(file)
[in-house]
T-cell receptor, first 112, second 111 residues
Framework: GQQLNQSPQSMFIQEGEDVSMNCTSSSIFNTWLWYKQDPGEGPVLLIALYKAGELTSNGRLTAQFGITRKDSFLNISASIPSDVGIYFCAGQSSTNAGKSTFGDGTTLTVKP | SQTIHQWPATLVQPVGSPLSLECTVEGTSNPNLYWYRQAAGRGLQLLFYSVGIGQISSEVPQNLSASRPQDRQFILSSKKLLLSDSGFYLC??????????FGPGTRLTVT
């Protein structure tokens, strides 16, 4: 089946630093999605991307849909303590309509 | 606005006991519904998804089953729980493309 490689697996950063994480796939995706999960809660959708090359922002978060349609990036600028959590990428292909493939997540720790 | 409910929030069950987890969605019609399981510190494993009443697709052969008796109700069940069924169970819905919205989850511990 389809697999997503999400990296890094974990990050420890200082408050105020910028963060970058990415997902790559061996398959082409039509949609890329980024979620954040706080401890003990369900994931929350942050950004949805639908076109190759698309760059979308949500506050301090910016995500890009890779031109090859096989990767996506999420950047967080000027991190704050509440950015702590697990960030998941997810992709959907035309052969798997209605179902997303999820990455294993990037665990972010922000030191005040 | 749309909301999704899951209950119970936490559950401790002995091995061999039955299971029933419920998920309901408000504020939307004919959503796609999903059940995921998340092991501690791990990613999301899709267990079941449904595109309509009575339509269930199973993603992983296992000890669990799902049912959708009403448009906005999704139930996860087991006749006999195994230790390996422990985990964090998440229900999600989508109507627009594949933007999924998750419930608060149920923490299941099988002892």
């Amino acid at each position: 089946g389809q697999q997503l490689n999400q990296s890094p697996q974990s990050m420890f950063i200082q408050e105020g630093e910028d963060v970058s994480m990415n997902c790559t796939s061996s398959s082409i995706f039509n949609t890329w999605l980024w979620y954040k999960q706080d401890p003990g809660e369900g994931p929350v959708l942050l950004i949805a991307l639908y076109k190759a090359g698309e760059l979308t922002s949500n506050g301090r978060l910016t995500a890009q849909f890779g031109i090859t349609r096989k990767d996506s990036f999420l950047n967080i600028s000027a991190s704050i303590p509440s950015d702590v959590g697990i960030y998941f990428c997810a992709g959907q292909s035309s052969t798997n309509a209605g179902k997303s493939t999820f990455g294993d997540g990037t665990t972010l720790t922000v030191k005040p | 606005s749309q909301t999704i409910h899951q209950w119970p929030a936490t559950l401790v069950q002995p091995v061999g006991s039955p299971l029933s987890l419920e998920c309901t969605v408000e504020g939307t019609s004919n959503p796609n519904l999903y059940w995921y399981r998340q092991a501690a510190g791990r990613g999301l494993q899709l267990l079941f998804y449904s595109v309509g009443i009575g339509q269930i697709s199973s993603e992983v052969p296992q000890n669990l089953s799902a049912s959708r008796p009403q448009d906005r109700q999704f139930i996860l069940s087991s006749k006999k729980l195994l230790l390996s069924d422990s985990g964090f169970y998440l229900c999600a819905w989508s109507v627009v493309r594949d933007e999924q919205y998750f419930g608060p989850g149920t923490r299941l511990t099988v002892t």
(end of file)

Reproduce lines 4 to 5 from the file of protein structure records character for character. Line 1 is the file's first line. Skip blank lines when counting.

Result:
């Protein structure tokens, strides 16, 4: 089946630093999605991307849909303590309509 | 606005006991519904998804089953729980493309 490689697996950063994480796939995706999960809660959708090359922002978060349609990036600028959590990428292909493939997540720790 | 409910929030069950987890969605019609399981510190494993009443697709052969008796109700069940069924169970819905919205989850511990 389809697999997503999400990296890094974990990050420890200082408050105020910028963060970058990415997902790559061996398959082409039509949609890329980024979620954040706080401890003990369900994931929350942050950004949805639908076109190759698309760059979308949500506050301090910016995500890009890779031109090859096989990767996506999420950047967080000027991190704050509440950015702590697990960030998941997810992709959907035309052969798997209605179902997303999820990455294993990037665990972010922000030191005040 | 749309909301999704899951209950119970936490559950401790002995091995061999039955299971029933419920998920309901408000504020939307004919959503796609999903059940995921998340092991501690791990990613999301899709267990079941449904595109309509009575339509269930199973993603992983296992000890669990799902049912959708009403448009906005999704139930996860087991006749006999195994230790390996422990985990964090998440229900999600989508109507627009594949933007999924998750419930608060149920923490299941099988002892």
């Amino acid at each position: 089946g389809q697999q997503l490689n999400q990296s890094p697996q974990s990050m420890f950063i200082q408050e105020g630093e910028d963060v970058s994480m990415n997902c790559t796939s061996s398959s082409i995706f039509n949609t890329w999605l980024w979620y954040k999960q706080d401890p003990g809660e369900g994931p929350v959708l942050l950004i949805a991307l639908y076109k190759a090359g698309e760059l979308t922002s949500n506050g301090r978060l910016t995500a890009q849909f890779g031109i090859t349609r096989k990767d996506s990036f999420l950047n967080i600028s000027a991190s704050i303590p509440s950015d702590v959590g697990i960030y998941f990428c997810a992709g959907q292909s035309s052969t798997n309509a209605g179902k997303s493939t999820f990455g294993d997540g990037t665990t972010l720790t922000v030191k005040p | 606005s749309q909301t999704i409910h899951q209950w119970p929030a936490t559950l401790v069950q002995p091995v061999g006991s039955p299971l029933s987890l419920e998920c309901t969605v408000e504020g939307t019609s004919n959503p796609n519904l999903y059940w995921y399981r998340q092991a501690a510190g791990r990613g999301l494993q899709l267990l079941f998804y449904s595109v309509g009443i009575g339509q269930i697709s199973s993603e992983v052969p296992q000890n669990l089953s799902a049912s959708r008796p009403q448009d906005r109700q999704f139930i996860l069940s087991s006749k006999k729980l195994l230790l390996s069924d422990s985990g964090f169970y998440l229900c999600a819905w989508s109507v627009v493309r594949d933007e999924q919205y998750f419930g608060p989850g149920t923490r299941l511990t099988v002892t």